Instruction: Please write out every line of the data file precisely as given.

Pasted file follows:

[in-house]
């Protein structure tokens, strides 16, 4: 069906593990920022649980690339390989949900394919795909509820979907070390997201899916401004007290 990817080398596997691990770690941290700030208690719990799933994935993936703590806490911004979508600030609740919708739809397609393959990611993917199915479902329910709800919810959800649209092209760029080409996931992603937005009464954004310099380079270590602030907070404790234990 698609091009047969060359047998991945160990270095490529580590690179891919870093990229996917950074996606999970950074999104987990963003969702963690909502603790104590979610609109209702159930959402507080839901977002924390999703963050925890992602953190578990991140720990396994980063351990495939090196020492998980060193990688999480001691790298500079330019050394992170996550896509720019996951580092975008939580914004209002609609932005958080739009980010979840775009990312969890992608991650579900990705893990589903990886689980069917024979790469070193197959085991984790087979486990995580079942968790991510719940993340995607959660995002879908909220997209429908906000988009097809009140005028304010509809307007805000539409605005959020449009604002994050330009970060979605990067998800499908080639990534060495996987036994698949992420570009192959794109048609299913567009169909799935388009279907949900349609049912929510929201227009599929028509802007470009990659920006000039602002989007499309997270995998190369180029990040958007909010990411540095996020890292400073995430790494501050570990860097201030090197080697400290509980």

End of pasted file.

[in-house]
């Protein structure tokens, strides 16, 4: 069906593990920022649980690339390989949900394919795909509820979907070390997201899916401004007290 990817080398596997691990770690941290700030208690719990799933994935993936703590806490911004979508600030609740919708739809397609393959990611993917199915479902329910709800919810959800649209092209760029080409996931992603937005009464954004310099380079270590602030907070404790234990 698609091009047969060359047998991945160990270095490529580590690179891919870093990229996917950074996606999970950074999104987990963003969702963690909502603790104590979610609109209702159930959402507080839901977002924390999703963050925890992602953190578990991140720990396994980063351990495939090196020492998980060193990688999480001691790298500079330019050394992170996550896509720019996951580092975008939580914004209002609609932005958080739009980010979840775009990312969890992608991650579900990705893990589903990886689980069917024979790469070193197959085991984790087979486990995580079942968790991510719940993340995607959660995002879908909220997209429908906000988009097809009140005028304010509809307007805000539409605005959020449009604002994050330009970060979605990067998800499908080639990534060495996987036994698949992420570009192959794109048609299913567009169909799935388009279907949900349609049912929510929201227009599929028509802007470009990659920006000039602002989007499309997270995998190369180029990040958007909010990411540095996020890292400073995430790494501050570990860097201030090197080697400290509980």